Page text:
Why do you get out of the bed in the morning?
Are you going to work?
Feeding the baby?
Running to the bathroom?
Heading to the shower?
Making coffee and lunches?
Need it, learn to love it, use it all the time.
It should seriously be one of the deadliest of sins for any writer to assume that their readers have clue #1 on what the hell is going on, and this is a fact as true for those who write original fiction as it is for those who write in fandom.
Hey, look just because YOU are utterly addicted to a certain show and can channel the characters like it’s second nature, that don’t mean the rest of us have any damn idea what you’re blathering on about.
No, seriously we don’t. That’s because we don’t all watch, read or listen to the same things. And while the world would be very, very boring if we did, the only way you can get any of us interested in your little corner of the ‘squeeing’ world of whatever it is you’re writing about, is to tell us about it in the first place.
So, if your character has no sense of humor and suddenly develops one, we need to know the motivation for that or (s)he is going to sound like a moron who forgot to take their meds.
If your character suddenly smacks a bitch, we need a reason for it. People who do that without one generally tend to get arrested, so unless you’re planning on that, give us motive.
Motive maketh character. Character formeth motive.
It’s like saying ‘you are what you eat’ but you’re not really a tuna fish sandwich.
At least I hope you’re not, because if you are, why are you reading this and not sitting in my lunch bag right now?
Wait, where are MY meds while I’m on the subject…?
*pause for dramatic effect*
Okay where was I? Yes, motive.
Everyone does everything for a motive. Little is ever random. Coincidence, yes but not random. Coincidence is the plot device of last resort when you can’t find a motive, and if you use that too often you’re going to sound like a schmuck with no plot in the first place. Having every goddamn Vampire on the face of earth Turned by some random rogue is unacceptable. It’s dumber than mud and suggests desperation for lack of ideas.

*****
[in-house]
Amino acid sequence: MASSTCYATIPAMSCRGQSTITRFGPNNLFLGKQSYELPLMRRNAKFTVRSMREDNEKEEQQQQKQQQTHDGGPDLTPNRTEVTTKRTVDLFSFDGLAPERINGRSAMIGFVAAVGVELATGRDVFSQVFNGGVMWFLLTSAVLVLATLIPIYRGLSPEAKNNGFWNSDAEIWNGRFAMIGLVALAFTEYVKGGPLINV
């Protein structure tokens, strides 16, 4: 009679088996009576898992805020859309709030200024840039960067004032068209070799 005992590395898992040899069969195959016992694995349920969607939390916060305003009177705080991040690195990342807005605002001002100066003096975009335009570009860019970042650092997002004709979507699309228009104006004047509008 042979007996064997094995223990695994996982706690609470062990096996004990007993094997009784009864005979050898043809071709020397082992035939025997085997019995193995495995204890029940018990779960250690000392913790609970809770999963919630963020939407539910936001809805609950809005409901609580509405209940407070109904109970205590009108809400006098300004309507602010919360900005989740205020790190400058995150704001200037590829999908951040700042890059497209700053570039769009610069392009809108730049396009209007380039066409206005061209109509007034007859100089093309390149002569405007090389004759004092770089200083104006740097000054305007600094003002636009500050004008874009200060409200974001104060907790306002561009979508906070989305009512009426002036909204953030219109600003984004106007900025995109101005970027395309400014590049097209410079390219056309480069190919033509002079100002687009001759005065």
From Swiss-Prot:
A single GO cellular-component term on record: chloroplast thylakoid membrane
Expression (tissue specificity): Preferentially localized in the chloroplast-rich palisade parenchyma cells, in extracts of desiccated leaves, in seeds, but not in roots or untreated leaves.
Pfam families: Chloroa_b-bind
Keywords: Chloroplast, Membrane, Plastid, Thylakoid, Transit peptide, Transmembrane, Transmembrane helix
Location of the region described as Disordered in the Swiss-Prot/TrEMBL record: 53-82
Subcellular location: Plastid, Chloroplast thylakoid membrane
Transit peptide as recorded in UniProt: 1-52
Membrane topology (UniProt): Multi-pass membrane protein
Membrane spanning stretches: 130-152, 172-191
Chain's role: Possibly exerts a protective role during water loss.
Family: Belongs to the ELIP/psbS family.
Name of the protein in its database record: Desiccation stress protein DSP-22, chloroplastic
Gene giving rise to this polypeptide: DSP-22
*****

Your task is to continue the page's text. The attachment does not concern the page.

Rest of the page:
So get creative. Hell, get a little wild if you have to. Whatever it takes. Figure it out. Post-It Notes are your friend. So are whiteboards, research materials, bits of string and make-shift maps on the dining room table.
You want someone to know about Vampires? Figure out how they know, even if you have to go back 5000 years in earth history to find out where, when, why and how.
You want someone to get up and go out, give them a purpose even its only to go pee in a dark alley.
You want someone to do the dramatic, angsty, flaily exit thing then give them a reason to go, and be sure that everyone knows it.
Writing is hard.
I get that.
But with a little contemplation, it can be a whole lot better than just vaguely stringing words together that might make sense in your own mind, but will make others laugh at you or run away screaming insanely into the night because they can’t figure out what the hell they just read. People rarely come back to read more if they can’t make sense of your work, and knowing later on why you made a total lash up of it all really doesn’t help that much either. Your readers don’t know that your car broke down, your work colleague is a bitch, your dog ate your harddrive or your sister just had a baby.
Though if that’s your plot line for your story you at least have motive. It’s just not motive for being a total dweep with your writing, unless you want to educate them on the definition of ‘how to have a nervous breakdown’. And if that’s the case, then get a journal to record your personal thoughts in and get it all out of your system. Maybe someone digging in the dirt a few bazillion years from now will find it, publish it as a research paper and use it to justify why the 21st Century was full of people who had no damn idea what to write any more.
Either that or it’ll be the greatest thing since you know who decided Vampires should be twee little girls who all sparkle when they bite you…
*eyeroll* Wait. I’m going off plot… Losing the will to live.
What was it again?
Oh right. Yes.
Would I kid about this stuff??
No, I would not. I’ve been doing it for years. I don’t always get it right (the famous ‘where the hell did the brothers go in the midde of all this?’ conversation still gives me the willies) but practice makes perfect.
See? Practice. It’s a perfectly valid motivation to attain perfection.
*cue meaningful speech from Shifu to Po before The Kung-Fu Panda kicks the bad guy’s butt*
Even if you have no motivation yourself, you can always get it from others. Characters do that too. Remember those books you were forced to read at school for Lit class? The ones with no purpose, no goal and a boring amount of very long words that send you to sleep? Yeah, there’s no motivation. No motivation to care about the characters because they have no motivation either. They’re just there, hanging around, being.
And then after that there’s no motivation to read about them again.
Motive gets the hero from the beginning of his journey to his ending.
Just ask Luke Skywalker.
Or Han Solo. He’s a little easier to determine on the motive front. He starts out wanting money. Great motive.
Okay so there’s motive for plot, plot devices, character and keeping your readers interested.
Now where did that tuna fish sandwich go…?